”Can’t repeat the past? Why of course you can!” – Jay Gatsby

The big lesson of that amazing book/movie/remake is that you indeed can’t repeat the past. So, my advice to you is to let go of the past. Don’t try to forget it, because that’s impossible, but try to accept it. Be aware of it when the past creeps into the present and then check why that happens and how you can start to accept it. It goes the same with history. All we do is value what is important for us in history for the present day and we use history to try to accept things in the not-so-distant past.

8. Valuations are most of the time wrong

When I’ve learned one thing of history, it’s that assigning a positive value to past events often is based on an invented truth. So, those are lies.

It’s when you look back at that ‘good old’ childhood/past when you are lying to yourself. Why do humans tend to do that?

We use the past to explain the present. Or at least, to give our perspective on present scenarios an argumentation. We can twist the past to fit in the argument because no one can for sure check the past. Do you see now why it is so important that there are historians? To check the truth of claims of value by political actors on history.

9. Traditions always are invented

With the book ‘The Invention of Tradition’, Eric J. Hobsbowm made a huge step in the world of history. For the first time, historians saw traditions as invented in contrast to what most people believed. In his book, Hobsbowm shows us that people in the 19th Century literally invented traditions. You know the idea that every Scottish clan has its own checkered kilt? It’s made up. It is true that there were clans in Scotland who wore different kilts, but it isn’t true that those resemble the precise clans that were ‘made up’ in the 19th Century. The tradition was supposed to let people feel more Scottish. They had to see Scotland as a unique country with an own character. No offence to Scotland, I love Scotland. The same happened in other parts of the world, and it still happens to this day. For the Netherlands, the best example is the Batavian myth. Two thousand years ago, some tribes in the east of the Netherlands fought against the Romans. They won. No less than seventeen hundred years later, the Batavian Republic arose. People from The Hague and Amsterdam claimed that their ancestors were Batavians. Historically bullshit, but it worked to show that they were and always had been a rebellious community.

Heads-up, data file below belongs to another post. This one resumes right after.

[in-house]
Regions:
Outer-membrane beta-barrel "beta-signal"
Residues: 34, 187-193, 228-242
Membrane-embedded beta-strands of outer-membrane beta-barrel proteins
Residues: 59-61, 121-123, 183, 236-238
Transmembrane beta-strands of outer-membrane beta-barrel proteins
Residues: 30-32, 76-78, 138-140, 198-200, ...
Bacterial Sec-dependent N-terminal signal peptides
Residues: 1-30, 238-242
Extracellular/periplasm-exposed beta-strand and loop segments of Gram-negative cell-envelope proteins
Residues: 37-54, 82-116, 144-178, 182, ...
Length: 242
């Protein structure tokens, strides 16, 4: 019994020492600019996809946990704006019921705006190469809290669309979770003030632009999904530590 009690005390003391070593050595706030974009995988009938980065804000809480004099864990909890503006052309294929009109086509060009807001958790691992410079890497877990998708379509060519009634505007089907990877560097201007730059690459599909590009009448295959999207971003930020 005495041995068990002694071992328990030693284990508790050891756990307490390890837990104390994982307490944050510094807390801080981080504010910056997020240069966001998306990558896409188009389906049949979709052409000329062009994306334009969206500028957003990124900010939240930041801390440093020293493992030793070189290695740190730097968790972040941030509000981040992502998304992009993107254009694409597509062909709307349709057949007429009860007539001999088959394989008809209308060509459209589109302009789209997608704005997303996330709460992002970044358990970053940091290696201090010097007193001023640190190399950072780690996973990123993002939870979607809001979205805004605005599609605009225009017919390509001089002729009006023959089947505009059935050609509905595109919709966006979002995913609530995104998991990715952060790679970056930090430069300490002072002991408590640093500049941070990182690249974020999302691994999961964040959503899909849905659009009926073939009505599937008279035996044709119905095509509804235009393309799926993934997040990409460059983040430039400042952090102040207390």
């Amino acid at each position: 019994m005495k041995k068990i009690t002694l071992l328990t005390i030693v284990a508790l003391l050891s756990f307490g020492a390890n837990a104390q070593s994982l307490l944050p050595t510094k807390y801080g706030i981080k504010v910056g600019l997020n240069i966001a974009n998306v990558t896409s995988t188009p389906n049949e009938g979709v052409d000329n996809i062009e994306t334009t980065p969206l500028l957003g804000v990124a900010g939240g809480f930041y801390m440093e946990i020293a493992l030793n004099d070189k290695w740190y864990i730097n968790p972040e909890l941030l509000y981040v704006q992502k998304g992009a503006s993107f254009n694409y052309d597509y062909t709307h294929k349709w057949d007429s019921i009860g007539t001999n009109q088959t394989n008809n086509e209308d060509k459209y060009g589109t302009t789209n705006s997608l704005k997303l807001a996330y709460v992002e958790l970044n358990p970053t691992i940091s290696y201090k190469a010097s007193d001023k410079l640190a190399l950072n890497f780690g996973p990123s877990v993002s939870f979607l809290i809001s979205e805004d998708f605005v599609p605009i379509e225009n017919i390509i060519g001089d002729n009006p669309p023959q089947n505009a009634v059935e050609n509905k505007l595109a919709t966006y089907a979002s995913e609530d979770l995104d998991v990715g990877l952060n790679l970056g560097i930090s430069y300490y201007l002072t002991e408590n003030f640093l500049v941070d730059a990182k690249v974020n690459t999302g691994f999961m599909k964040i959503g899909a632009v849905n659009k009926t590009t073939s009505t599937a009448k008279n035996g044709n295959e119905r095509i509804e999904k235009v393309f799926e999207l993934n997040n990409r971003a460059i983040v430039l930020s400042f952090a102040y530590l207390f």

Traditions come and go, just like almost everything else in history. Santa Claus didn’t exist before 1800. The servant of the Dutch and Belgian Sinterklaas didn’t exist before the imperialistic area. Coincidence? I don’t think so. For the Dutch people younger than 20 years old. How many years is Het Sinterklaasjournaal on television? For the first time in 2001.

Look at what you value. You think traditions were there for thousands of years before. But they are not. They change with time. And they disappear when nobody needs them anymore as well.

10. You are not special

Through history, milliards of people were born and died. There are endless human lives to discover in history. So many people! And every life is interesting in its own way. But, the huge quantity of lives also means that your life isn’t that special as you thought. This may sound negative, but it is actually quite liberating! So many people through so many times did so many things. It doesn’t matter what you do in perspective to that. So, do whatever you want whenever you like! I mean, if it doesn’t really matter what you do because your life ‘isn’t that important for the whole of history’, then you can better do what you love!


I could write about this topic for hours! It’s the perfect mix of psychology and history for me, haha. I hope that you loved reading the text above and that you really learned new things from history. Not just abstract facts, but also things you can apply to your everyday life and the way you view the world. If you don’t agree with me, or you have any other remarks to make or questions to ask, please feel free to comment on this post. You can also send me a mail by filling in the contact form on the contact page if you would like to. Please subscribe to my email list, and spread the word to family and friends. I would love to reach more people. 🙂

The moment this post was posted, it was history that I wrote it. I made history by writing this post (oh my god)!

I feel really cool now.


2 thoughts on “10 (Life) lessons to learn from History

  1. I’m glad that it turned out so effectively and I hope it will continue in the future because it is so worthwhile and meaningful to the community. deddcakggadf

Leave a Reply

Your email address will not be published. Required fields are marked *